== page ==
Case Law Alerts
Application of ten-year statute of repose, NJSA 2A:14-1.1, clarified in multi-phase project setting.
New Jersey's statute of repose essentially provides that no action may be brought to recover damages for any deficiency in the "design, planning, surveying, supervision or construction" of a project "more than 10 years after the performance or furnishing of such services and construction." Earlier cases have already established that the statute of repose runs from the date one's services for the project are substantially finalized. Therefore, the statute of repose will prohibit a claim against an early trade subcontractor once 10 years have elapsed after the subcontractor completed its work on the project, even though the entire project may not yet be substantially complete for more than 10 years. However, the general contractor will remain on the hook until 10 years have elapsed from the date of substantial completion for the entire project.
In this case, a New Jersey appellate panel clarified the trigger date for the ten-year statute of repose for construction litigation, N.J.S.A. 2A:14-1.1. The court held that the statute of repose is triggered upon substantial completion of the project. However, the court recognized that there can be separate trigger dates for subcontractors that have substantially completed all of their work on the project prior to the completion of the project as a whole. For these subcontractors, the court held that the statute of repose “runs from the completion of that contractor’s entire work on the ‘improvement,’ not from discrete tasks” performed by the subcontractor. As to any contractors that perform work at a particular multi-phase project, the court determined that the statute of repose did not begin to run until all work, of any kind, performed by those contractors was complete, unless the entities could show that it was the intent of the parties to treat separate phases of construction as “separate improvements,” therefore triggering a separate period of repose for each phase of construction.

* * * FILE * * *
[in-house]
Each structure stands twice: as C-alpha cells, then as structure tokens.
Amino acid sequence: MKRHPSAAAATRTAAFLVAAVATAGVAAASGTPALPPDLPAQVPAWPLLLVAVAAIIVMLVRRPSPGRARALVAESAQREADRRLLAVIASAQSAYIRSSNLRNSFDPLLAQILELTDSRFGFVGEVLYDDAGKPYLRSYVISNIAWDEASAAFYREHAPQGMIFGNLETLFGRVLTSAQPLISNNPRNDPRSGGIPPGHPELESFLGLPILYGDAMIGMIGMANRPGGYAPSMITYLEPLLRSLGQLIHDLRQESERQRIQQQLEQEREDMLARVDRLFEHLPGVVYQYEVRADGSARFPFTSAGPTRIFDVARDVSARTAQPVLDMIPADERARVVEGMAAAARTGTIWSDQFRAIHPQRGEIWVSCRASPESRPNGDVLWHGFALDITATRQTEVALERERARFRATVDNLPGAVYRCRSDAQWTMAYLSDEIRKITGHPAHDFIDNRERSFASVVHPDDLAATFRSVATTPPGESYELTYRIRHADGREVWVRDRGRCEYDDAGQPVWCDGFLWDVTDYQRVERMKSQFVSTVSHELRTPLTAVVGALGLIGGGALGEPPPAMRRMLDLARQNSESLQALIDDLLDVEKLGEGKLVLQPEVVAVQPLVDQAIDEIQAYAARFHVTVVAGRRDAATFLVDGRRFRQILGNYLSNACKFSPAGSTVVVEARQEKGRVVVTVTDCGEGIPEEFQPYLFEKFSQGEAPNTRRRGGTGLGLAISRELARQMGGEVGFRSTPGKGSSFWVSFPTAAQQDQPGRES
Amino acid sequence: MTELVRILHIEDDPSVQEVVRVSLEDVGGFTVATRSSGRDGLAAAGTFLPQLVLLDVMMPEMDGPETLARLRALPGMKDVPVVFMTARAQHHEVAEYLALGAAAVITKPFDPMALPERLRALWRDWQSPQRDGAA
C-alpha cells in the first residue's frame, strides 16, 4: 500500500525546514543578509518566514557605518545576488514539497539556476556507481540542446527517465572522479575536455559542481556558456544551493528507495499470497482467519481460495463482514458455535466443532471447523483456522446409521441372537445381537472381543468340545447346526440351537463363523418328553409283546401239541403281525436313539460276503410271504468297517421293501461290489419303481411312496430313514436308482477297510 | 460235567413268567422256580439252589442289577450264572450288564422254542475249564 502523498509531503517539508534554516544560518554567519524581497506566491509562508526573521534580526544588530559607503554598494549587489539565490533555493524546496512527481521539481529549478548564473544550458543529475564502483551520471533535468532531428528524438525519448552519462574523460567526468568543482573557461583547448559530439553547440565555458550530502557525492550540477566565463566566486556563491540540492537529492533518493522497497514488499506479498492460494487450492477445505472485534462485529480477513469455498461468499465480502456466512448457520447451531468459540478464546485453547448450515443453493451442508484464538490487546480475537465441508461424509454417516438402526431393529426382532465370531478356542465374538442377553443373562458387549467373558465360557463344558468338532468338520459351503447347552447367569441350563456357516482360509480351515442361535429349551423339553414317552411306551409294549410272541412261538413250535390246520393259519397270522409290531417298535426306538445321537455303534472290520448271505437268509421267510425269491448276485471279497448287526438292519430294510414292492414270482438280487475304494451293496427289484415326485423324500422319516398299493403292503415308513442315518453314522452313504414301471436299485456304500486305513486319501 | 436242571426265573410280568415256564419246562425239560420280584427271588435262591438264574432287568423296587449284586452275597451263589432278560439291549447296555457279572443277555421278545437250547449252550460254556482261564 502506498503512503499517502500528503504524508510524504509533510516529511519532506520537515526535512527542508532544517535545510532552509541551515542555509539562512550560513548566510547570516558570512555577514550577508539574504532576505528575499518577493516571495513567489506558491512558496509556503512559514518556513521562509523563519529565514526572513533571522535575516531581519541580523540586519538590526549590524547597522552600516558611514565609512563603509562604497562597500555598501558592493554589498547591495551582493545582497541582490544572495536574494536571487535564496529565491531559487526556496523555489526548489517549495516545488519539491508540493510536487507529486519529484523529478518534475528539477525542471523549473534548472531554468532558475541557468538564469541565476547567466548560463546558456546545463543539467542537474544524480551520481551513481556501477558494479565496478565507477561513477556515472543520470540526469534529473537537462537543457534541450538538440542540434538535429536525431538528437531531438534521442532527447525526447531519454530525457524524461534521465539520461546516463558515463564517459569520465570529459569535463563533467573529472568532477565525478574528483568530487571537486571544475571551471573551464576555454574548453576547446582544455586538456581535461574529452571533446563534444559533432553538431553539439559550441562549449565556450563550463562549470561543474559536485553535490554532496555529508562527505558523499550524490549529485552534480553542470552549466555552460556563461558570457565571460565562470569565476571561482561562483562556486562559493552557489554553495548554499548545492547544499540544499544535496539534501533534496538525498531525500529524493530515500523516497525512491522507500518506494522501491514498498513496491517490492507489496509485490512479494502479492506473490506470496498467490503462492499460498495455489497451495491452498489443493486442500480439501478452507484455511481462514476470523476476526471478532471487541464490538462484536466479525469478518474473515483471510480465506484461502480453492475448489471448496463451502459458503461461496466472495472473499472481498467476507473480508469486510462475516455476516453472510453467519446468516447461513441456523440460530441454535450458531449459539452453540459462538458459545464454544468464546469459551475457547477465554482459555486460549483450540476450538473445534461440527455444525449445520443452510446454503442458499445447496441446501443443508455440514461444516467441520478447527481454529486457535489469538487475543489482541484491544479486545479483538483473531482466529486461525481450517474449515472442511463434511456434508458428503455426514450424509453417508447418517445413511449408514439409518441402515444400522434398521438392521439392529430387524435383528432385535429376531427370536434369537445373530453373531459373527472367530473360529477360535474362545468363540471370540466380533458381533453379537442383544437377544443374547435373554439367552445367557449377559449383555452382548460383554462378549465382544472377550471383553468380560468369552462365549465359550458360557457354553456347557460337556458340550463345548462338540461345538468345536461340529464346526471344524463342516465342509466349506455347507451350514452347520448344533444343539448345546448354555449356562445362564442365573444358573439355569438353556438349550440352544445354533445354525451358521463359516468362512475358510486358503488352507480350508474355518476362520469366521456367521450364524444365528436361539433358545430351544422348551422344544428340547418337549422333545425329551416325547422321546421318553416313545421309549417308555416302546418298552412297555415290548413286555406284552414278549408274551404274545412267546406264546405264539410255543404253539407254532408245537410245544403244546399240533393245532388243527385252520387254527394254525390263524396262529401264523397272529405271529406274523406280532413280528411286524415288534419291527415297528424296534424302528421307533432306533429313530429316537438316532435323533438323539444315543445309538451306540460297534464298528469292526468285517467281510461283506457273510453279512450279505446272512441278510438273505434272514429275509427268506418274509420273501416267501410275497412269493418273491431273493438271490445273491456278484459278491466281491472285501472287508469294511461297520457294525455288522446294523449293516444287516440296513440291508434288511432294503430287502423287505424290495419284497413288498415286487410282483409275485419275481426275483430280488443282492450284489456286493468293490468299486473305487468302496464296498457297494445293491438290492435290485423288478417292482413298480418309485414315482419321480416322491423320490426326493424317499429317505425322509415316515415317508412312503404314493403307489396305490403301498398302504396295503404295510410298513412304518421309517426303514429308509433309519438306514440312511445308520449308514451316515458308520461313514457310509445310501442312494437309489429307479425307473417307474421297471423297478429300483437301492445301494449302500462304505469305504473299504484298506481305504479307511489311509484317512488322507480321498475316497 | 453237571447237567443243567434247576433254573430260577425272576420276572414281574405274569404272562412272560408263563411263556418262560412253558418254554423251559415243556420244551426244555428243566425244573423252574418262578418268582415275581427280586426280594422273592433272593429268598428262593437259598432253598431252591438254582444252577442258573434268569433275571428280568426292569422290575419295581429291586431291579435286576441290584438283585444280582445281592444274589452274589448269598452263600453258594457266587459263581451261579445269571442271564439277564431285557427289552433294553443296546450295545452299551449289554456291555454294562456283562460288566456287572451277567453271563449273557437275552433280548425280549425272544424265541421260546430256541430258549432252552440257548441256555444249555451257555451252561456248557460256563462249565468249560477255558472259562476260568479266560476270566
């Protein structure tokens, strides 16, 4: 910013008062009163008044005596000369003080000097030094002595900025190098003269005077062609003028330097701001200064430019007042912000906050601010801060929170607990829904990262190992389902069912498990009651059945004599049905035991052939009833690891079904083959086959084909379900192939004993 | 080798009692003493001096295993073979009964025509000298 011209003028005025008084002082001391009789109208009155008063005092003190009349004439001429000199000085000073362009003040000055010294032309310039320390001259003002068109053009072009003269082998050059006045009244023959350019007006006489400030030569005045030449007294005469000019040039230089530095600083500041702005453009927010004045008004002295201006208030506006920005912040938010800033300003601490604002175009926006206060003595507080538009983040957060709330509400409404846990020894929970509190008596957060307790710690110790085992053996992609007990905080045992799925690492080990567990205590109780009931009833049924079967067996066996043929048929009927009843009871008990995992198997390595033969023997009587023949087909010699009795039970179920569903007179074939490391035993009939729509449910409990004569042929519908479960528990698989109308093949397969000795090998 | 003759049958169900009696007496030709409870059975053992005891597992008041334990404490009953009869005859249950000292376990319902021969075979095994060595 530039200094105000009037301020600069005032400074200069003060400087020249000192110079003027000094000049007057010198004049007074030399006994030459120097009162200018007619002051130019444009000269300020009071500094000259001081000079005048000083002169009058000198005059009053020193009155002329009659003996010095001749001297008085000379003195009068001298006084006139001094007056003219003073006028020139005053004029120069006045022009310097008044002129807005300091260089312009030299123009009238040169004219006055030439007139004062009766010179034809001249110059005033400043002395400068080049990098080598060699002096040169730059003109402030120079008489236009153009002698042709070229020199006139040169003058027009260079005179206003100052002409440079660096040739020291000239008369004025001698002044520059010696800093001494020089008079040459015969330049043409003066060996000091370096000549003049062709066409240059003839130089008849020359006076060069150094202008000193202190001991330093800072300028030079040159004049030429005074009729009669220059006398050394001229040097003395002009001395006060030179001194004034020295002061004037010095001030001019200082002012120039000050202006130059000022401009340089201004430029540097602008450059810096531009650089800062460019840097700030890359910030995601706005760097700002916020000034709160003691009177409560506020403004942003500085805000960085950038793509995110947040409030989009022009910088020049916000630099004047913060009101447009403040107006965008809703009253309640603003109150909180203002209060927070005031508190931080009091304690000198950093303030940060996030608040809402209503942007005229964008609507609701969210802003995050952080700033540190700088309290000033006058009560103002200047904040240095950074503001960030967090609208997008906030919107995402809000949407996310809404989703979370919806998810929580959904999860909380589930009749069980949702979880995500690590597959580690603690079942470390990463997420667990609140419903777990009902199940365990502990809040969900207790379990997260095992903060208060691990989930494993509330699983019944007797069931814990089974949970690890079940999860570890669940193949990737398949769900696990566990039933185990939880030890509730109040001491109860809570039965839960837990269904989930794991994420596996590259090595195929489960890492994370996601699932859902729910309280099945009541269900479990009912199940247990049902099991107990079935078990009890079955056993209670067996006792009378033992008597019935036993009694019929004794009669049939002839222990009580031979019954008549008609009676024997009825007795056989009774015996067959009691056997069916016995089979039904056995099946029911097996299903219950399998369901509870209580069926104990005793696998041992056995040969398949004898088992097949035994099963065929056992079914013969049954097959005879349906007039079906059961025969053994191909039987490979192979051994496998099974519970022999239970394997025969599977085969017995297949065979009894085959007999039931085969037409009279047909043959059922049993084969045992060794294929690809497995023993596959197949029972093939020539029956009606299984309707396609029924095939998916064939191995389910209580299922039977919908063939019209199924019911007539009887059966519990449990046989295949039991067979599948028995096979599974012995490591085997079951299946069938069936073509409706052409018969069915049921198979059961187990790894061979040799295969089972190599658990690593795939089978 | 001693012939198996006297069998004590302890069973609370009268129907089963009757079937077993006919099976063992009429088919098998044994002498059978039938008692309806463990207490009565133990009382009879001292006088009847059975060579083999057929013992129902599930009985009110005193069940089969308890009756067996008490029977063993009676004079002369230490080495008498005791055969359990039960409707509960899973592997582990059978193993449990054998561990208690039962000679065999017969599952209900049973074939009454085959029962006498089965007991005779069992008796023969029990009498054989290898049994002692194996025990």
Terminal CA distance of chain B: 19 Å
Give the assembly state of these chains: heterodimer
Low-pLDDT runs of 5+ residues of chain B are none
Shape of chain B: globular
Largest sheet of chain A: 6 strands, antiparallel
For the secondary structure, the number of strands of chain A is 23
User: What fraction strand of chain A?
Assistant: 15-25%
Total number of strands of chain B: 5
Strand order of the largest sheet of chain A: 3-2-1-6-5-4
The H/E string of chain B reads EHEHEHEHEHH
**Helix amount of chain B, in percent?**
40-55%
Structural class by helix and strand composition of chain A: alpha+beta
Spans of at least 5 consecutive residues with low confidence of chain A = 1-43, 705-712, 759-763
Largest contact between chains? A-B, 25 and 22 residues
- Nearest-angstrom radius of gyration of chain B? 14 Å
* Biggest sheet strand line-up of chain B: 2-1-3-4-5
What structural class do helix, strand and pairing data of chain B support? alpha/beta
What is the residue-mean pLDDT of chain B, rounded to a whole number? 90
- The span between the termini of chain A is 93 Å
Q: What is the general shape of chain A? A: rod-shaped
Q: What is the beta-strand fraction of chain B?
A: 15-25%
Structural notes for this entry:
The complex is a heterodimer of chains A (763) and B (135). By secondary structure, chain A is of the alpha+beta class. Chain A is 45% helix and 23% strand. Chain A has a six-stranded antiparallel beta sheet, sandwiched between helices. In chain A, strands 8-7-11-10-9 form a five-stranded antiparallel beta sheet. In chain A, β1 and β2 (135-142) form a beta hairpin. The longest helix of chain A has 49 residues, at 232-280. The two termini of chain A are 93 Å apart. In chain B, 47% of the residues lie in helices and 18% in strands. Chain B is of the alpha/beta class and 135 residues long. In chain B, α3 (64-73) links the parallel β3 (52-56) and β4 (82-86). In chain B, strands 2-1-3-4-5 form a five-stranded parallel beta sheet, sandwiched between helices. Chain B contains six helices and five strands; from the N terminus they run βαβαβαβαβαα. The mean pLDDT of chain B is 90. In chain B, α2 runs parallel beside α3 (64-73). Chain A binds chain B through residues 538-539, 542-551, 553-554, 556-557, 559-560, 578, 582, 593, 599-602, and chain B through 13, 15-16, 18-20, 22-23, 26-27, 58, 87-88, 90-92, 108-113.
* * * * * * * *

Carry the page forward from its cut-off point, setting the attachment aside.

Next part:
The Perini case required the court to apply these concepts to phased construction. The state sued the general contractor, designer and pipe supplier for problems that developed with the underground hot water piping at a new state prison. The suit was filed on April 28, 2008. By contract, the prison was constructed in three separate phases—each with its own contractual substantial completion date. By April 27, 1998, ten years before the state filed suit, the state had issued substantial completion certificates for the entirety of the first two phases of the project and for all but two buildings included in the third phase—a garage and a housing unit located outside the main perimeter. However, no certificate of substantial completion was issued specifically for the hot water system. The court held that "multiple phases of a construction project that are clearly identified and documented can trigger separate periods of repose, even for the general contractor and other contractors that continue to work on the entire project." However, the court rejected the notion that there can be "separate trigger dates of repose for components of a project, whether multi-phase or not, that are not clearly identified in the documentary record as distinguishable improvements." In this case, the court found that the hot water system was not a clearly distinguishable component of the construction and was not substantially complete by April 27, 1998. As such, the state's claim was not untimely under the statute of repose.
Case Law Alert - 4th Qtr 2012